USA: Campus protests: Columbia students occupy building

USA: Campus protests: Columbia students occupy building

The situation is getting worse at New York’s elite Columbia University. Demonstrators occupy a university building at night. The White House is also speaking out.

The pro-Palestinian demonstrations at New York’s elite Columbia University, which have been going on for almost two weeks, are threatening to escalate. On Tuesday night (local time), demonstrators broke into a building on the campus in northern Manhattan. It is the Hamilton Hall, which was also occupied in 1968 during a protest against the Vietnam War. The White House expressed clear criticism.

Videos showed masked people wearing black and white Palestinian scarves breaking windows and barricading the entrance to the building with chairs and tables. According to the Columbia Spectator student newspaper, there were several dozen protesters in the building. Hundreds more demonstrated in front of it. The police are standing by outside the university campus in case there are any injuries.

Student groups Columbia Students for Justice in Palestine and Columbia University Apartheid Divest said they would not leave Hamilton Hall until their demands were met. “Occupying a building is a small risk compared to the daily resistance of Palestinians in the Gaza Strip,” said a statement shared on the X platform, formerly Twitter. Columbia University recommended that students and employees only visit the campus on Tuesday for safety reasons in urgent cases and further restricted access to the site.

On Monday, the university announced that it would suspend students if they did not leave a protest camp on the university campus by the afternoon. The demonstrators criticize Israel’s actions in the Gaza war and demand solidarity with the Palestinians. They also demand that the university end financial relationships with Israel. The university rejected that on Monday.

The US government also reacted to the occupation during the night: “Forcibly taking over a building on campus is absolutely the wrong approach. This is not an example of peaceful protest,” said National Security Council Communications Director John Kirby. A small percentage of students should not be able to disrupt everyone’s academic education. “Students who are paying to attend college and seeking an education should be able to pursue their education without disruption and feel safe doing so,” Kirby continued. Hate speech and symbols of hate have no place in the USA.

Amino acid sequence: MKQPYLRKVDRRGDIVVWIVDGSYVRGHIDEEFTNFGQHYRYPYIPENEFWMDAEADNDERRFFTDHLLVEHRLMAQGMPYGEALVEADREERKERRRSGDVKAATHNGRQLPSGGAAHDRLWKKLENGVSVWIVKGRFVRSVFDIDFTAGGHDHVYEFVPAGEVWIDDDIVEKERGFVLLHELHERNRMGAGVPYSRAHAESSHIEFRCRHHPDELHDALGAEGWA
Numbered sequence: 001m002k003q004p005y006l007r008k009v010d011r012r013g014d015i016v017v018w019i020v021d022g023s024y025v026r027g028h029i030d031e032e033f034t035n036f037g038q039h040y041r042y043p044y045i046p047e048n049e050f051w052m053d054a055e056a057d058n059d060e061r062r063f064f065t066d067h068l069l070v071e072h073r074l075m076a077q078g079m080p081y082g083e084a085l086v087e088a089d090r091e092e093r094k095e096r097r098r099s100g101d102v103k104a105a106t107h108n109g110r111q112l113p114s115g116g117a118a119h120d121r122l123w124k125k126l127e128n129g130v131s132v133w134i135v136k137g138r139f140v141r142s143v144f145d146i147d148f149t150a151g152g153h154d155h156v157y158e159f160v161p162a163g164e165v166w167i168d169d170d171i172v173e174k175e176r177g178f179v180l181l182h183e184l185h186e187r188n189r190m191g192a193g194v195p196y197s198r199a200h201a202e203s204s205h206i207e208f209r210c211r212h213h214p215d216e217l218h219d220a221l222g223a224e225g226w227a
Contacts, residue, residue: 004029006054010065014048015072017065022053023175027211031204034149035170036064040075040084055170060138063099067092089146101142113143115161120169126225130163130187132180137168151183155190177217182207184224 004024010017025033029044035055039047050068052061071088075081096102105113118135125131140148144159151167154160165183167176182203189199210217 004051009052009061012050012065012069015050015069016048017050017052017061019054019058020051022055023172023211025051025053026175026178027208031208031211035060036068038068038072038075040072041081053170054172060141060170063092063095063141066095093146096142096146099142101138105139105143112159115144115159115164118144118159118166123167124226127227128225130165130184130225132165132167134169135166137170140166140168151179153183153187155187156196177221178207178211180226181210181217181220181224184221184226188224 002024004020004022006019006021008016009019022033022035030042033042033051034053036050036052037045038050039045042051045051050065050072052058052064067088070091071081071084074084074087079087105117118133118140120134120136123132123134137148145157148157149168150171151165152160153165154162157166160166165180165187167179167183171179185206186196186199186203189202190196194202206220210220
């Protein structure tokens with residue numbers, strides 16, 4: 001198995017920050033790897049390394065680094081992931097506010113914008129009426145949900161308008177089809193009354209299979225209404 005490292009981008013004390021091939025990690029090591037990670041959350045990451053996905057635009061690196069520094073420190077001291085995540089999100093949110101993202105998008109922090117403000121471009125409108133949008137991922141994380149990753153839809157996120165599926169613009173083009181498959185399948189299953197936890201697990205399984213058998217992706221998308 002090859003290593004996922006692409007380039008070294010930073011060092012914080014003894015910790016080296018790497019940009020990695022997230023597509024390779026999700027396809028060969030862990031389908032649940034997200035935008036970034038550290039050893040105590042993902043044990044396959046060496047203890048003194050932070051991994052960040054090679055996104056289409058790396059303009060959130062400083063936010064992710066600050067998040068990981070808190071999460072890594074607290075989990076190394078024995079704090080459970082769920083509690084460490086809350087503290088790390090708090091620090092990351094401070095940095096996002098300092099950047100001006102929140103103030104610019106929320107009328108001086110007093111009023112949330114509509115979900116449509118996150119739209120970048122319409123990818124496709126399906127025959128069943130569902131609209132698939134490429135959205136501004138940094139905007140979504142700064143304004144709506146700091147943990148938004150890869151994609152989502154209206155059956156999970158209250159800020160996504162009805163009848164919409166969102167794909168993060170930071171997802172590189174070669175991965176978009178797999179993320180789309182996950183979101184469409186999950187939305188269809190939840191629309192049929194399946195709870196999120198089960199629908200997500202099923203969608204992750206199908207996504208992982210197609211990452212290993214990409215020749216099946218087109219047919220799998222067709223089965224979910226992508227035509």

Herzog: “Danger to academic freedom”

Almost two weeks ago, an operation by the New York police at Columbia University caused a stir and criticism, which resulted in protests and the setting up of tent camps at dozens of universities in the USA. Since then, more than 800 people have been arrested across the country, including university staff, according to the New York Times. Some are accused of anti-Semitism and trivializing the Islamist Hamas, whose goal, among other things, is the destruction of the state of Israel.

Israeli President Izchak Herzog called the “horrific anti-Semitic actions” at Columbia University deeply disturbing. “American science must become aware of the threat,” Herzog wrote on Platform X. He spoke of “a clear and present danger to academic freedom and to the lives of Jews on campus.” Herzog called for measures to prevent anti-Semitism on campus.

Hamas and other Islamist groups killed around 1,200 people and kidnapped more than 250 as hostages in the Gaza Strip on October 7 last year. Israel then responded with a ground offensive and air strikes in the coastal area. According to the Hamas-controlled health authority, Israeli attacks have killed around 34,500 people since the start of the war.

Source: Stern

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